WHEN Hunter Drama students were in the United States in January this year, New York’s Juilliard School of Performing Arts topped the list of places they wanted to visit.
The teenagers had been cast in a Newcastle production of the musical Fame Jr, which is set in a New York training centre similar to Juilliard, so seeing that establishment and talking to its teachers and students helped them to develop their characters.
Theatregoers will see the results of that experience when Fame Jr is performed at the Civic Playhouse from July 1 to 4.
The lively musical shows how students from diverse backgrounds cope with the learning process over the four years of their classes in acting, singing, dancing and playing musical instruments.
It also looks at the issues that arise in their coming-of-age relationships, with romance helping to enrich their performances on some occasions, but causing uncertainty at other times.
Sofia Nolan, who plays Carmen Diaz, a girl who believes she is headed for stardom, sees it as a fun musical and one that requires high energy on the part of cast members.
She is one of 32 cast members aged 12 to 18, with the script adapted to a brisk 60 minutes from a longer adult version known as Fame.
The musical has an interesting history, showing its popularity with many types of audiences over the past 35 years.
It began life as a film musical in 1980, with the story set in the then New York High School of Performing Arts, an institution that was merged with another performance school in the mid-1980s.
The film led to a television series that ran for six seasons, then a stage musical which premiered in 1988. The stage work was substantially rewritten and had an almost entirely new score, though retaining the early 1980s setting and the hit title song.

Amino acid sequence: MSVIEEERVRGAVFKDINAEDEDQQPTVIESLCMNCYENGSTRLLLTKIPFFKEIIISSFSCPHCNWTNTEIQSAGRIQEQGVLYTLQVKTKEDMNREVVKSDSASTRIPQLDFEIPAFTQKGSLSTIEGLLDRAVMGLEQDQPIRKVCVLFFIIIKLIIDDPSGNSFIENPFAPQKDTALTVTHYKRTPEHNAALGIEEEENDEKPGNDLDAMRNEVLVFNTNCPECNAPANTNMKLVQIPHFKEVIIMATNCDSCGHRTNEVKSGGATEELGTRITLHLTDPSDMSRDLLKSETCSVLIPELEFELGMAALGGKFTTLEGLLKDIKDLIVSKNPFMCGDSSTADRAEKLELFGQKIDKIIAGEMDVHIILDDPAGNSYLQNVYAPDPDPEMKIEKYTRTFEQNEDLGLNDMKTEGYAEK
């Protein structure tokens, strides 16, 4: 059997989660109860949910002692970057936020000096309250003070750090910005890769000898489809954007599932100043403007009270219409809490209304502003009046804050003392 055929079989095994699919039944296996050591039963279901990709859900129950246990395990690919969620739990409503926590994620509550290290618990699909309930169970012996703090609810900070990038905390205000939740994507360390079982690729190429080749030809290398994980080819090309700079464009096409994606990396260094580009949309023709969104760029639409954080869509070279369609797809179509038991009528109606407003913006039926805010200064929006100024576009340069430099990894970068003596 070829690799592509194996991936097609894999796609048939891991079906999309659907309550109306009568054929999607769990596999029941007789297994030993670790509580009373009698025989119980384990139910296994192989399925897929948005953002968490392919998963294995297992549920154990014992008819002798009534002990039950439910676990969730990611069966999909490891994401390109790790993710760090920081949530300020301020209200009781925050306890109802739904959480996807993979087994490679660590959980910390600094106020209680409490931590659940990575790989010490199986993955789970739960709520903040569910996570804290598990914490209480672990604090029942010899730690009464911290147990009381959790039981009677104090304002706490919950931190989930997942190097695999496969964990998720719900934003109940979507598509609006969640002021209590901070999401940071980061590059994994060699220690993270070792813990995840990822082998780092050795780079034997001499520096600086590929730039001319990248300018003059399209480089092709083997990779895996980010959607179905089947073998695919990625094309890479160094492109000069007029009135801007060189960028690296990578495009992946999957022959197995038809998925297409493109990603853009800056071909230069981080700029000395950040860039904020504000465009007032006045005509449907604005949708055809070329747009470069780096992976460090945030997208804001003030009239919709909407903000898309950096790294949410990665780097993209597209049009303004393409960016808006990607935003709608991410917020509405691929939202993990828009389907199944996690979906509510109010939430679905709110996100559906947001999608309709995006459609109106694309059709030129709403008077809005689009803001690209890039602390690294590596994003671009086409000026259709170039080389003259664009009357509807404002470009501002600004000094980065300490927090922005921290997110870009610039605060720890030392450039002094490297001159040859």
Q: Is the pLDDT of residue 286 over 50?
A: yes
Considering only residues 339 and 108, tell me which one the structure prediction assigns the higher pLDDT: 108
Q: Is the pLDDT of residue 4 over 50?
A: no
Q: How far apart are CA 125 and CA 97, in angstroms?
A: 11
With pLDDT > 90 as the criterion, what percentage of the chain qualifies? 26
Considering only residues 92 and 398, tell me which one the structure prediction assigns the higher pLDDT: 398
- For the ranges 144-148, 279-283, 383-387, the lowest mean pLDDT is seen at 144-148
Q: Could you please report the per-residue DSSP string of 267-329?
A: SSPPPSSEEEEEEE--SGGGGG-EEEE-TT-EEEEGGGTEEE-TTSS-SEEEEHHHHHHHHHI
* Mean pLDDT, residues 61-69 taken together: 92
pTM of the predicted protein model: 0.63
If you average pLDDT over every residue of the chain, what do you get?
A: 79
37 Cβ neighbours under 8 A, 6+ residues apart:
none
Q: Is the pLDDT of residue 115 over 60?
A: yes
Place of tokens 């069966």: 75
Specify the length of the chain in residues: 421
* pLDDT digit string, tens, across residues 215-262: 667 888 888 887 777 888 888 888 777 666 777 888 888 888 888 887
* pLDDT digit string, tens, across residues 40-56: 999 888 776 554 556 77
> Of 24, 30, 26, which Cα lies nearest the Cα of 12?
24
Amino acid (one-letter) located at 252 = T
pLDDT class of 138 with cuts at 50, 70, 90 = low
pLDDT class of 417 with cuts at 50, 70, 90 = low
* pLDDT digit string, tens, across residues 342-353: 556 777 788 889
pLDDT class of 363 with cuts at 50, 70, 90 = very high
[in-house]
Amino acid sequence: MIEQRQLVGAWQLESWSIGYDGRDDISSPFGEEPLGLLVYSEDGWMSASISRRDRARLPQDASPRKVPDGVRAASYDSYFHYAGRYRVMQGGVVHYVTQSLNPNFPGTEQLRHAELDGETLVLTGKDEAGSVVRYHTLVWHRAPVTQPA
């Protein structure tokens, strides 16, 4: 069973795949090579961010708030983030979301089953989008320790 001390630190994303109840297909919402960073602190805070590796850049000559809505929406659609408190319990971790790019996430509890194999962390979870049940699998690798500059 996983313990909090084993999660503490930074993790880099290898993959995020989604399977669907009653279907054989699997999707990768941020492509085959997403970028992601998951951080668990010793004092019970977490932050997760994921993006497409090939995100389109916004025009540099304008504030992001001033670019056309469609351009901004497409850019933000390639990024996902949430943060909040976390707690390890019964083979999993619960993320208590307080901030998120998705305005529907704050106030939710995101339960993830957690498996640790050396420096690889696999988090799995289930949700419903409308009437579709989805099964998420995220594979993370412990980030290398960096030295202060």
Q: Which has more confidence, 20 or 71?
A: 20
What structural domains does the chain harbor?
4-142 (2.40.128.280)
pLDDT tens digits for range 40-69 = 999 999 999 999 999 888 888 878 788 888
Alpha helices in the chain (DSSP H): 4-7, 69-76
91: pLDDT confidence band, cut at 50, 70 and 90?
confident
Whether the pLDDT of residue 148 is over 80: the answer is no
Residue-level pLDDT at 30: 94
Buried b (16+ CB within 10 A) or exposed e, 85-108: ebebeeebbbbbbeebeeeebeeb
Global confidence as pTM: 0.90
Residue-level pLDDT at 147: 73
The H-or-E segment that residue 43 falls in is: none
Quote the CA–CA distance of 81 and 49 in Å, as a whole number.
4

There was a new film version in 2009, and Fame Jr hit the stage in 2012, again with some songs replaced by others.
Fame Jr has had more than 200 productions in the United States since it premiered.
Shane Bransdon, the director of the Hunter Drama production, said it is a musical with appeal for all ages.
‘‘The humour and colour will appeal to young children, and the 1980s setting, with props including rollerskates and a Polaroid camera, will engage older people,’’ he said.
Audience members will become engaged in the show before they head into the Playhouse auditorium.
Improvised auditions for entry to the performing arts training school will be held inthe foyer to set the scene.
As well as fame-obsessed Carmen, the students include ambitious actress Serena (played by Maisie Owens), wisecracking comedian Joe (Camden Aglio), quiet and likeable violinist Schlomo (William Parker), and talented but troubled dancer Tyrone (Erik Mackintosh).
Tyrone is attracted to fellow dancer Iris (Bonnie McPeak), who pretends to be wealthy; Nick (Tom Rodgers) is passionate about ‘‘real acting’’ and has an eye for Serena; Grace ‘‘Lambchops’’ Lamb (Laura McLeod) is a drummer with a lively personality; Goodman ‘‘Goody’’ King (Harry Lyddiard) is a talented musician who needs to develop confidence; and Mabel (Kacie Bourke) sees the need to diet as getting in the way of her acting.
The performing arts teachers are played by Adam Grosen, Isabel Kelly, Jordan Warner and Naomi Dingle, with large dance, music and drama ensembles also featured.
Annie Devine is musical director and James Tolhurst choreographer.
Fame Jr opens on Wednesday, July 1, at 7.30pm, with performances daily from Thursday, July 2, to Saturday, July 4, at 2pm and 7.30pm. Tickets: $32, concession/junior/student $28. Bookings: Civic Ticketek, 49291977.
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